The Unique Factor that could Drive Gold the Stock Market to New Highs
Gold and the stock market aren’t often highly correlated, but this unique factor could affect both.
This has been a memorable year for investors. In April, investors were present for seven stock market events that hadn’t occurred for at least a decade. This included the worst two-week stretch ever to begin the year for all three major indexes, followed by the biggest intra-quarter rally since 1933 for the SP 500. We also witnessed West Texas Intermediate oil and natural gas hit 12- and 17-year lows earlier in the year.
But one of the biggest surprises this year has been gold’s resurgence. After a multi-year downtrend, the lustrous yellow metal posted its best quarter in 30 years during Q1. For the year, spot gold prices have surged by more than $280 an ounce to $1,341 as of Friday’s closing value.
Last week, investors witnessed yet another first. The correlation between gold futures and the stock market hit its lowest level ever recorded at minus 0.63 — and we’re talking about more than 30 years of recordkeeping here. For reference, a reading of 1 would represent a perfect correlation, 0 would mean indifference, and -1 would imply perfect opposition. Historically, the average correlation is -0.06. Based on FactSet data going to back to 1984, the opposition in movements between gold and the stock market has never been stronger.
Despite this opposition, it’s my strong belief that both gold and the stock market could do something we’re not used to: They could both simultaneously rise and head to new all-time highs.
Here’s why gold and the stock market could both hit all-time highs
Gold is typically viewed as a safe-haven investment when uncertainty abounds or economic growth has slowed. It also tends to do well when the U.S. dollar is weakening. Conversely, stocks do well when the economy is running on all cylinders; and generally, when the economy is doing well, so is the U.S. dollar. The two investment theses would appear to be polar opposites, as the recent FactSet data implies.
However, there’s a wildcard factor that could lead both gold and the stock market to head higher: near-record-low global yields.
Think about this for a moment: Investors are buying gold usually due to fear, uncertainty, or lack of a better investment opportunity. If there was a way to generate a near-guaranteed 5% yield through bonds, we’d likely see little interest in gold. However, the opportunity cost of forgoing government bonds in favor of gold is incredibly low at the moment. Buying U.S. Treasury bonds, U.K. Gilts, German Bunds, or Japanese government bonds, would lead to a return that would underperform the current rate of inflation, resulting in real money losses. Low opportunity costs caused by low yields should precipitate continued interest in the shiny yellow metal in the years to come.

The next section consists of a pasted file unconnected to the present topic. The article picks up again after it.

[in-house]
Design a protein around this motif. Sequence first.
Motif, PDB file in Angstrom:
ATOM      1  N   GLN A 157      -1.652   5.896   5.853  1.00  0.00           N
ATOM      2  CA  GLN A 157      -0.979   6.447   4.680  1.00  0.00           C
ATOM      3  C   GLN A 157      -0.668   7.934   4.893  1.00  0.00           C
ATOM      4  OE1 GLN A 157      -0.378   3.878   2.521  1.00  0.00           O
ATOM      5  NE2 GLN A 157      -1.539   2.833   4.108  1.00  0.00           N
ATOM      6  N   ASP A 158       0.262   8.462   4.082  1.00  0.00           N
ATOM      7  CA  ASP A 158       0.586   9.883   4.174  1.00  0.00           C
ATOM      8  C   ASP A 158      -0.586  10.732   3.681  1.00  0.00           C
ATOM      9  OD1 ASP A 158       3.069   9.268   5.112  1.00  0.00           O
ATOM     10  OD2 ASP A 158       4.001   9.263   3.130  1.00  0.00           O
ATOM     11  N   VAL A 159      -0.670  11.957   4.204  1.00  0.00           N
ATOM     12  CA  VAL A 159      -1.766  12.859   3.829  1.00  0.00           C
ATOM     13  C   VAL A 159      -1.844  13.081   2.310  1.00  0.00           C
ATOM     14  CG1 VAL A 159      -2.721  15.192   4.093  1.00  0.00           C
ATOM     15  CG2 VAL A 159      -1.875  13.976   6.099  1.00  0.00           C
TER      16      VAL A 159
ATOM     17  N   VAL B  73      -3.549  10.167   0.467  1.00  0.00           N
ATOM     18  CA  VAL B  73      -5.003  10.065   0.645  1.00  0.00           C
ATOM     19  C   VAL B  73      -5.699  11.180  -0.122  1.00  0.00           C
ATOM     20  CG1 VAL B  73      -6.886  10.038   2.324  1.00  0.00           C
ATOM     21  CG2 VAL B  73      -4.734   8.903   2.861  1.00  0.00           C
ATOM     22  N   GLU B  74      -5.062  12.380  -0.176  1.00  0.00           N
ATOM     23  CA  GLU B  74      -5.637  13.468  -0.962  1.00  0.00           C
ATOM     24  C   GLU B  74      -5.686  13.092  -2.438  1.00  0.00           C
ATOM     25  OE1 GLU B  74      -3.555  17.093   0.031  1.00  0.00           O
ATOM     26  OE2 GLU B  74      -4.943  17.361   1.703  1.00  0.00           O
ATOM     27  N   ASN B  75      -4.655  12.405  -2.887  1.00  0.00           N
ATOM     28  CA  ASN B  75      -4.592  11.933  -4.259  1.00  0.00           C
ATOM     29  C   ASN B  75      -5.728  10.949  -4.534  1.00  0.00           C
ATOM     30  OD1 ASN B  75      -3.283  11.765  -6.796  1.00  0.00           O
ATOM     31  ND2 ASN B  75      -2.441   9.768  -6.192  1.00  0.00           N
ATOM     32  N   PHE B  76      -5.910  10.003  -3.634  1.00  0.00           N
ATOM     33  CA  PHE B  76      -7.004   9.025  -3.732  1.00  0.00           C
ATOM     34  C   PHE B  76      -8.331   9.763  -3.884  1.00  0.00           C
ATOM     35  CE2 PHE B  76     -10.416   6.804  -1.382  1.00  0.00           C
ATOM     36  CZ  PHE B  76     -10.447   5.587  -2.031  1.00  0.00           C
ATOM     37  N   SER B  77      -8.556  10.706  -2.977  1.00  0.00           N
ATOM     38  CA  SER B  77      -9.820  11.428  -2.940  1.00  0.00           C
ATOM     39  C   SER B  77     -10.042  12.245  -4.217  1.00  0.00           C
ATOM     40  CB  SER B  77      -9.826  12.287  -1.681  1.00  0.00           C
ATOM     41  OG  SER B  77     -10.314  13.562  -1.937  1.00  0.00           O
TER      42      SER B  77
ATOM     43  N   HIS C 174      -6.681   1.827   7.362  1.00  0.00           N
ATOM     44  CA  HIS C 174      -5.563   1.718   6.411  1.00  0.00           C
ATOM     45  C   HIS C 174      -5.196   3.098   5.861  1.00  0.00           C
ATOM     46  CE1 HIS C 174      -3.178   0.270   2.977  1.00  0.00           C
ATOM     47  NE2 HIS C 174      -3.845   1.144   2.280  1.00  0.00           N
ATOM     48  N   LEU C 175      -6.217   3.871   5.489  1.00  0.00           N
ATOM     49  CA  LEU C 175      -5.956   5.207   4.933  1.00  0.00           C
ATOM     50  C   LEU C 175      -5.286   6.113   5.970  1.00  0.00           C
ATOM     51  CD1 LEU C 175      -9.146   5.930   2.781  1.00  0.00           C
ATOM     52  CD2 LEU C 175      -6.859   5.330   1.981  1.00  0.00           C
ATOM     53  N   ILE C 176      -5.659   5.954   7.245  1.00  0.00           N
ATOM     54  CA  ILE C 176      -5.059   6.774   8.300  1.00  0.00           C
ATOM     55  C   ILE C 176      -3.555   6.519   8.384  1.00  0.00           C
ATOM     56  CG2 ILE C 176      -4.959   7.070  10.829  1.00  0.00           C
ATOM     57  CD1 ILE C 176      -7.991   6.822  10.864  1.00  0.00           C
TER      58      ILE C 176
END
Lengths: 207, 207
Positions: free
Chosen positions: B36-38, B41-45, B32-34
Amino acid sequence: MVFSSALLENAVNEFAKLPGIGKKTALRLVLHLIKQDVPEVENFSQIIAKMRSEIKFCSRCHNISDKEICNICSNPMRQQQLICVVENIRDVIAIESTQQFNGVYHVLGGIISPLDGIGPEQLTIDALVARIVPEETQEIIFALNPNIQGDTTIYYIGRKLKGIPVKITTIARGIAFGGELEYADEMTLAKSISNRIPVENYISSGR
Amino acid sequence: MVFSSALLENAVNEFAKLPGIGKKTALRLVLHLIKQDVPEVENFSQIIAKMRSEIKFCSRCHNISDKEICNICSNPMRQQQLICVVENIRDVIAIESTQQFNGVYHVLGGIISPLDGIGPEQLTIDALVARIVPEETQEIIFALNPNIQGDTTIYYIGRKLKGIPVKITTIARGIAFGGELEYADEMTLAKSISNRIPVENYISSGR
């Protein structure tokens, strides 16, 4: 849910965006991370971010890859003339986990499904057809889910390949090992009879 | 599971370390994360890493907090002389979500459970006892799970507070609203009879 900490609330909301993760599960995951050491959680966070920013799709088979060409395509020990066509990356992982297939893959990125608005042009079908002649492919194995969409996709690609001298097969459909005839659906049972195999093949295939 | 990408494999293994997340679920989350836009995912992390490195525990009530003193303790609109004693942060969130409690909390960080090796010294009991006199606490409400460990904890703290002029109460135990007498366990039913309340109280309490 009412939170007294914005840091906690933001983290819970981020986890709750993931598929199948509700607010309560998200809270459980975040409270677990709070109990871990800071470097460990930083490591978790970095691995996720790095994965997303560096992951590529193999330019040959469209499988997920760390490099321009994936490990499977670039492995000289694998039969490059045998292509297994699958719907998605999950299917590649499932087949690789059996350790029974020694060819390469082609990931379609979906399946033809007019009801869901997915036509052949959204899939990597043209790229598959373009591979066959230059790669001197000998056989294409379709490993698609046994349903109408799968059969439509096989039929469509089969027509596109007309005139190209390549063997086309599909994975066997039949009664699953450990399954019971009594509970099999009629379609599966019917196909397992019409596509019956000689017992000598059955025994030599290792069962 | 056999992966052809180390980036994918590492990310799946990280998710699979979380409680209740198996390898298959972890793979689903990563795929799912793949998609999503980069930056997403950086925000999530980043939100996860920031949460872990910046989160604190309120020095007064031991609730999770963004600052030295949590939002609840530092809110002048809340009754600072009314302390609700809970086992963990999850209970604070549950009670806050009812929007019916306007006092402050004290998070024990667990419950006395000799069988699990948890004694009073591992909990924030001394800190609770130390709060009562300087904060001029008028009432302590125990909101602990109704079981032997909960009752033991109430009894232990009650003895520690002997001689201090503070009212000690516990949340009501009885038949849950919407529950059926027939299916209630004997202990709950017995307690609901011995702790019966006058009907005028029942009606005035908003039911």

While stock markets typically like rising interest rates, since it’s a signal of a growing economy and the Fed’s efforts to stave off inflation, low lending rates have given growth stocks a real chance to shine. Businesses have been able to hire at an exceptional rate, merger and acquisition activity in high-growth industries, like biotech, has soared, and it’s all been fueled by cheap and available capital. As long as yields remain low, businesses will be enticed to borrow, which can lead to hiring, acquiring, and even improved shareholder yields via buybacks and dividends. This is a recipe for higher stock prices.
It’s not often we see a strong correlation between gold and the stock market, as the historical data tends to suggest indifference, but the recipe is there for both to soar to new heights.
The smartest way you can take advantage of gold’s surging spot price
The most obvious way investors may consider taking advantage of gold’s rising price is to buy the physical metal itself. Although gold is far less volatile than the companies that mine it, investors would probably generate far better returns by focusing on individual mining stocks or the ETFs of individual mining companies. By purchasing individual mining stocks or gold ETFs, you’re able to take advantage of profit growth over time, the maneuvering of management, and the potential for shareholder yield via dividends and share buybacks, and, finally, you’ll have more fundamental data with which to base your trading decisions off of.
So what are your best options? As we’ve seen previously, royalty and asset streaming companies are likely to be the smartest plays for precious-metal investors. Instead of dealing with the high costs of developing and maintaining mines, companies like Royal Gold (NASDAQ:RGLD) and Silver Wheaton (NYSE:SLW) forge long-term or life-of-mine contracts with mining companies. In exchange for a large amount of upfront cash that miners can use to develop a new mine or expand an existing mine, Royal Gold and Silver Wheaton wind up with production that costs these companies just a fraction of the current spot price. The difference between what these royalty companies pay and the current spot price for gold and/or silver leads to high margins with minimal overhead.
For example, Royal Gold just announced a 38% increase in fiscal fourth-quarter earnings less than two weeks ago, while generating record revenue of $94.1 million. The company’s operating cash flow grew 12% year-over-year to $49.2 million as a result of paying around $400 an ounce for delivered gold. Similarly, Silver Wheaton announce cash operating margins of $12.72 per silver ounce and $866 per gold ounce during its Q2 report. Average cash costs were a mere $4.46 an ounce for silver and $401 for gold.
In short, an increase in the spot price of gold will have an immediately positive impact on the margins of both Royal Gold and Silver Wheaton, and as such could push the valuations of both companies substantially higher.
Courtesy: Sean Williams
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